Perhaps an afternoon nap?  First an invitation for afternoon coffee aboard MV Last One?  Bob and Mara are generous hosts and provide many insights and stories about the Dry Tortugas.   They convince us that we must visit Logger Head Key before we depart the Tortugas.  

What a Night!

By yesterday evening what had been a three boat anchorage filled up with a number of medium to large sport fishing vessels.  A trimaran, EZ, appeared on the western horizon as the sun began to set.  She dropped her hook off our starboard bow the light of day waned.  The evening was pleasant with light winds relative to the past few days.  That was all to change.  Slightly after midnight I awoke to an abrupt shift in the wind and the heavy feeling of impending rain.

I set up our new foredeck awning to allow us ventilation during the pending rains and was returning to the cockpit when we were slammed by a 50+knot wind gust from the south.  I dashed below decks to shut down the straining wind generator.  Bad idea… engaging the wind generator's clutch during the blast only served to destroy the clutch mechanism.  The whine of our damaged wind generator now added to the screams of ongoing squall.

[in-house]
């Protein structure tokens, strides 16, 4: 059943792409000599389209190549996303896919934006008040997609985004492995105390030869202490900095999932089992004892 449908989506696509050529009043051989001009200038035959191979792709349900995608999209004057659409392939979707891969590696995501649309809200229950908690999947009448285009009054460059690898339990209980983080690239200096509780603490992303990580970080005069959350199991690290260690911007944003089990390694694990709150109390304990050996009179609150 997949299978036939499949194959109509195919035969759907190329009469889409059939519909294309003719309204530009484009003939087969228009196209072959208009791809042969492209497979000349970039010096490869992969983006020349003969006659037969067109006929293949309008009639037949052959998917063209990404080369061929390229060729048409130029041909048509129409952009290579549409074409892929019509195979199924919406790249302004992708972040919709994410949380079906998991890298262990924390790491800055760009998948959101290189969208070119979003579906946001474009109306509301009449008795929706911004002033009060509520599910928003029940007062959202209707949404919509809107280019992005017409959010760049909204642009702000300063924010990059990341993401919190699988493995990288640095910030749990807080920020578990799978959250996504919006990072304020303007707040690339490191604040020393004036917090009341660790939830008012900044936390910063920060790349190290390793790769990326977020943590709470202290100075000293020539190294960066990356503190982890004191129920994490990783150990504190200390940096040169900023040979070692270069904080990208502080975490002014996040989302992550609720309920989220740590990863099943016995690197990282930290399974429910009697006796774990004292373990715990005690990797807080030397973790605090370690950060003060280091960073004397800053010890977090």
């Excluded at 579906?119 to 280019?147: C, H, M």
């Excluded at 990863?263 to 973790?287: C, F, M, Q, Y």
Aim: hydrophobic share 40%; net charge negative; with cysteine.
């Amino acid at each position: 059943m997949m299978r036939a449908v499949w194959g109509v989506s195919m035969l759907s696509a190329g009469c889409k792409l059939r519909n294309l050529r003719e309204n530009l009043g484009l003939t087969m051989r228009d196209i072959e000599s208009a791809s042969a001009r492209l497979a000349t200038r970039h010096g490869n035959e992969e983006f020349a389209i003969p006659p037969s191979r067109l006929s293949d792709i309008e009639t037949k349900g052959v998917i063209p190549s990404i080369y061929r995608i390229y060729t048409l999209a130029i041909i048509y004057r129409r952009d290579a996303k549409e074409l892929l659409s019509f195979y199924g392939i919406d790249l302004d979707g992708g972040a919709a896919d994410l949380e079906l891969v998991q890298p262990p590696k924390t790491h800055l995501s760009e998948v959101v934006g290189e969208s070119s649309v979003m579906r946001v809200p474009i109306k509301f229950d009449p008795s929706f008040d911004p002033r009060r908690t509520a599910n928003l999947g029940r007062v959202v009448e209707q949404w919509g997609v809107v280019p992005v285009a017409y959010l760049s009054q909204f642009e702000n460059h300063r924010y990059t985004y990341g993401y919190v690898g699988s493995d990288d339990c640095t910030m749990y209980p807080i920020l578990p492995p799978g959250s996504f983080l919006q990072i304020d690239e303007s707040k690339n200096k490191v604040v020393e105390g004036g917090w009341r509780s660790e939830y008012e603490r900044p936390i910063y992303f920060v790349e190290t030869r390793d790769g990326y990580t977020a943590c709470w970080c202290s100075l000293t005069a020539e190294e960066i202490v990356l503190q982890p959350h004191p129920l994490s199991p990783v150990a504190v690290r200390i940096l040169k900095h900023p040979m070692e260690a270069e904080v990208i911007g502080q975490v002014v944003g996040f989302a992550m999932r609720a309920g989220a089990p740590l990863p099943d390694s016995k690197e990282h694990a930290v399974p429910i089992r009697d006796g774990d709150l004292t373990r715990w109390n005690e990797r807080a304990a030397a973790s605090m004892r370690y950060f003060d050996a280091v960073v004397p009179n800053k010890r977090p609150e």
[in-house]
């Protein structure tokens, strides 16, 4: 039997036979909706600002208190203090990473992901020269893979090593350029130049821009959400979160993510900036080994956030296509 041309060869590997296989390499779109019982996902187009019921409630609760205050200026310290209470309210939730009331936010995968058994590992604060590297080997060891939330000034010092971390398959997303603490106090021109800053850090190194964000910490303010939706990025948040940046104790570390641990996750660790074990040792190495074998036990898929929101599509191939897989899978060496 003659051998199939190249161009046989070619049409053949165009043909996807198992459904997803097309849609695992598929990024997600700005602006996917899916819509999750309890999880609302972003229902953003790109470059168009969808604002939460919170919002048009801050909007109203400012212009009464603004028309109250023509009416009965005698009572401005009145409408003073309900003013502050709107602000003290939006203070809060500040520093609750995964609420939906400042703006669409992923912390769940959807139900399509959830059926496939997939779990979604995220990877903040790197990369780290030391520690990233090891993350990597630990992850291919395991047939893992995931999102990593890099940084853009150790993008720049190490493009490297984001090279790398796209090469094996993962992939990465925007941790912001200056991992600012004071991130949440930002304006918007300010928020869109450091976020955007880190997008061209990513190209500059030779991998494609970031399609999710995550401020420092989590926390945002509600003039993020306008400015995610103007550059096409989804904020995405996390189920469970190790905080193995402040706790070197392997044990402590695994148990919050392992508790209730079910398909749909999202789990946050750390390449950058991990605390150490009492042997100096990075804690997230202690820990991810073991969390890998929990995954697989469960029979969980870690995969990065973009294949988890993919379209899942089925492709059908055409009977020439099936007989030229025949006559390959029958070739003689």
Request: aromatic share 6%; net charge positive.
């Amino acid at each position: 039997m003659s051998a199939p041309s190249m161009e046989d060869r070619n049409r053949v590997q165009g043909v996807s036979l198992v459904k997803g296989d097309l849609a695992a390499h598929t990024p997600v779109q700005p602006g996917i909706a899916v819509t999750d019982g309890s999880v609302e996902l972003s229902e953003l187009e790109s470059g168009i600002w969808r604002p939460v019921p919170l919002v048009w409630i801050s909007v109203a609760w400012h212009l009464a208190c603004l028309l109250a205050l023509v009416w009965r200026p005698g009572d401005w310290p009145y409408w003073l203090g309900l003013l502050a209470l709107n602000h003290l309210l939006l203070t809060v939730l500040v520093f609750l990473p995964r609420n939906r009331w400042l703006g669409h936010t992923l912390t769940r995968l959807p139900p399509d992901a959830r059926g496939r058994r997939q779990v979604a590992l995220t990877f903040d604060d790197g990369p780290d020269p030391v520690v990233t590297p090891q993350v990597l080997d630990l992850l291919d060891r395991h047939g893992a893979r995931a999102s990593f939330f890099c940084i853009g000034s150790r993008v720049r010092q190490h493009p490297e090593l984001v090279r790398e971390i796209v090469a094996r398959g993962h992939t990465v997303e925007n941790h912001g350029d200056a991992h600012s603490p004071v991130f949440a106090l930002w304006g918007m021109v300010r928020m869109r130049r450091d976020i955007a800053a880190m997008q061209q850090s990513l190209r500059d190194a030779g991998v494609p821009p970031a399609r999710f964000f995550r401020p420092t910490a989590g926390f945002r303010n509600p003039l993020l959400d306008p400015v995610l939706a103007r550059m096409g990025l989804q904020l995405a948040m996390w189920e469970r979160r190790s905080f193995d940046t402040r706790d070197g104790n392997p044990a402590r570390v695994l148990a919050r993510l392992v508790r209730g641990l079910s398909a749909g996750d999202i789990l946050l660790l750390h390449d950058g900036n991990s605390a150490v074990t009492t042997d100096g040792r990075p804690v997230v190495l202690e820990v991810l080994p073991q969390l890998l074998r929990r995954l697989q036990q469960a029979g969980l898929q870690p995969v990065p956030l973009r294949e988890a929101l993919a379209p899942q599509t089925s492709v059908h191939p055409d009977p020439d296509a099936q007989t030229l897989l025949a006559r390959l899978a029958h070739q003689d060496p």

With 50+knot gusts lashing the anchorage I returned to the cockpit to survey our position relative to other vessels.  The late arrival EZ was moving pilotless across the anchorage and bearing down upon the sport fishing vessel, Whiskey Tango.   It was unclear in the melee if the two vessels struck.  What was clear is that the two vessels anchors were intertwined and they were both now streaking towards the fort’s decaying coaling docks.  The coaling docks, once a pier designed to allow steam ships to take on coal and water, now are a grid work of large rusting metal I-beams (see image below). 

 Whiskey Tango, was able to cut their anchor line and avoid becoming dashed upon the bristling coaling docks.   The entangled rodes fouled Whiskey Tango’s props.  Fortunately the crew was able to get a line around a channel marker and retard their drift into the shallow waters surrounding the fort.  The trimaran, EZ, struck the coaling docks broadside and remained pined their as the squall continued to batter the area.  Our wind generator screamed on into the night.